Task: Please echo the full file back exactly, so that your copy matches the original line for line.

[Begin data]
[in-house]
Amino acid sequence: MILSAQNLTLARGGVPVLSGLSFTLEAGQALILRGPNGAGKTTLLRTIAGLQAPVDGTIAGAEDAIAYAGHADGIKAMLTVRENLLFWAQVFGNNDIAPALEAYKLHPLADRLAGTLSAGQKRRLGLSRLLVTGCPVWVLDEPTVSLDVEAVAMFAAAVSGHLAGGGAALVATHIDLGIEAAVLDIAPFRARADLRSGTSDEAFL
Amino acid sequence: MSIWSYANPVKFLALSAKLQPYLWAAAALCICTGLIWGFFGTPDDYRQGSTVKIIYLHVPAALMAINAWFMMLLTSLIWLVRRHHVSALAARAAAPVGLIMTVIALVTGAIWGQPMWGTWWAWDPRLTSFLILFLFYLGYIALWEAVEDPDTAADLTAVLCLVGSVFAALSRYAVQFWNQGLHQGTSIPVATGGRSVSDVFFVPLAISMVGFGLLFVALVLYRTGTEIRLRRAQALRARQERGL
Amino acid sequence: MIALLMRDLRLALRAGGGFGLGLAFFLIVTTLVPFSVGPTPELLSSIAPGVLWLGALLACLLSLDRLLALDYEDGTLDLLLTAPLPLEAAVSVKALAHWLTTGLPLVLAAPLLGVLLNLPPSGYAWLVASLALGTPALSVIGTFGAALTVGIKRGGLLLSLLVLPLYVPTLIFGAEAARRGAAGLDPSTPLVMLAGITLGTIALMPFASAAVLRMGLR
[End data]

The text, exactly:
[in-house]
Amino acid sequence: MILSAQNLTLARGGVPVLSGLSFTLEAGQALILRGPNGAGKTTLLRTIAGLQAPVDGTIAGAEDAIAYAGHADGIKAMLTVRENLLFWAQVFGNNDIAPALEAYKLHPLADRLAGTLSAGQKRRLGLSRLLVTGCPVWVLDEPTVSLDVEAVAMFAAAVSGHLAGGGAALVATHIDLGIEAAVLDIAPFRARADLRSGTSDEAFL
Amino acid sequence: MSIWSYANPVKFLALSAKLQPYLWAAAALCICTGLIWGFFGTPDDYRQGSTVKIIYLHVPAALMAINAWFMMLLTSLIWLVRRHHVSALAARAAAPVGLIMTVIALVTGAIWGQPMWGTWWAWDPRLTSFLILFLFYLGYIALWEAVEDPDTAADLTAVLCLVGSVFAALSRYAVQFWNQGLHQGTSIPVATGGRSVSDVFFVPLAISMVGFGLLFVALVLYRTGTEIRLRRAQALRARQERGL
Amino acid sequence: MIALLMRDLRLALRAGGGFGLGLAFFLIVTTLVPFSVGPTPELLSSIAPGVLWLGALLACLLSLDRLLALDYEDGTLDLLLTAPLPLEAAVSVKALAHWLTTGLPLVLAAPLLGVLLNLPPSGYAWLVASLALGTPALSVIGTFGAALTVGIKRGGLLLSLLVLPLYVPTLIFGAEAARRGAAGLDPSTPLVMLAGITLGTIALMPFASAAVLRMGLR